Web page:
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A holistic evolutionary and structural study of flaviviridae provides insights into the function and inhibition of HCV helicase

Author(s): Dimitrios Vlachakis | Vassiliki Lila Koumandou | Sophia Kossida

Journal: PeerJ
ISSN 2167-8359

Volume: 1;
Start page: e74;
Date: 2013;
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Keywords: Hepatitis C | Structure-based drug design | Molecular dynamics | Antiviral bioinformatics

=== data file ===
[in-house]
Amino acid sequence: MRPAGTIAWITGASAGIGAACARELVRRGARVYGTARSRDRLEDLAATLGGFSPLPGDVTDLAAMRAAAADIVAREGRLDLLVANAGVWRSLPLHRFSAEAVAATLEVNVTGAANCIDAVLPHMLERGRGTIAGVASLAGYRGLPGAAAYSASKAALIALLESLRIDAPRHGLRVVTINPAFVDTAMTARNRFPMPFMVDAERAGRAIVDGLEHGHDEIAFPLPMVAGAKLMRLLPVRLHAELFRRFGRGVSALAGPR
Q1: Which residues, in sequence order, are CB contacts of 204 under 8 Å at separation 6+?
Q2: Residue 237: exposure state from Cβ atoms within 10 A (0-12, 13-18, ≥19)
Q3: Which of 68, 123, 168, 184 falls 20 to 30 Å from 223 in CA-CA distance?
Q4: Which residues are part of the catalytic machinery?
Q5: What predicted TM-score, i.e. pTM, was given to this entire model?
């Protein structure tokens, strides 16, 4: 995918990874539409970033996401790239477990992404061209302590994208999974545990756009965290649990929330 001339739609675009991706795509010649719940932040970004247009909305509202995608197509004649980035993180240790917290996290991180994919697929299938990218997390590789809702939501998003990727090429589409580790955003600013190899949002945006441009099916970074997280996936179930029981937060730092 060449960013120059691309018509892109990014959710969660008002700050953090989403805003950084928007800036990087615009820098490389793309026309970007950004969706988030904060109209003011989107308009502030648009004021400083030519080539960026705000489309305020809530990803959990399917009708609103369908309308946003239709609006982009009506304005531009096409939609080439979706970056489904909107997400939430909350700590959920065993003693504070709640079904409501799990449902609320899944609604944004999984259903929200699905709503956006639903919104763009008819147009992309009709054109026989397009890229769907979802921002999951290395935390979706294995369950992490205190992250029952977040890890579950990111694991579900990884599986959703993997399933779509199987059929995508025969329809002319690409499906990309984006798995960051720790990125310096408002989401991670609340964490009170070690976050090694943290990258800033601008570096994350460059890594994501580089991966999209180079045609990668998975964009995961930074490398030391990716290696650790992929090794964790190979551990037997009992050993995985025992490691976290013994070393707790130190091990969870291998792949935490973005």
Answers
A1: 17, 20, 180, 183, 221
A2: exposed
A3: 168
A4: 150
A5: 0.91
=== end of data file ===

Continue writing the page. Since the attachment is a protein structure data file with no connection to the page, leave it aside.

Viral RNA helicases are involved in duplex unwinding during the RNA replication of the virus. It is suggested that these helicases represent very promising antiviral targets. Viruses of the flaviviridae family are the causative agents of many common and devastating diseases, including hepatitis, yellow fever and dengue fever. As there is currently no available anti-Flaviviridae therapy, there is urgent need for the development of efficient anti-viral pharmaceutical strategies. Herein, we report the complete phylogenetic analysis across flaviviridae alongside a more in-depth evolutionary study that revealed a series of conserved and invariant amino acids that are predicted to be key to the function of the helicase. Structural molecular modelling analysis revealed the strategic significance of these residues based on their relative positioning on the 3D structures of the helicase enzymes, which may be used as pharmacological targets. We previously reported a novel series of highly potent HCV helicase inhibitors, and we now re-assess their antiviral potential using the 3D structural model of the invariant helicase residues. It was found that the most active compound of the series, compound C4, exhibited an IC50 in the submicromolar range, whereas its stereoisomer (compound C12) was completely inactive. Useful insights were obtained from molecular modelling and conformational search studies via molecular dynamics simulations. C12 tends to bend and lock in an almost ā€œUā€ shape conformation, failing to establish vital interactions with the active site of HCV. On the contrary, C4 spends most of its conformational time in a straight, more rigid formation that allows it to successfully block the passage of the oligonucleotide in the ssRNA channel of the HCV helicase. This study paves the way and provides the necessary framework for the in-depth analysis required to enable the future design of new and potent anti-viral agents.
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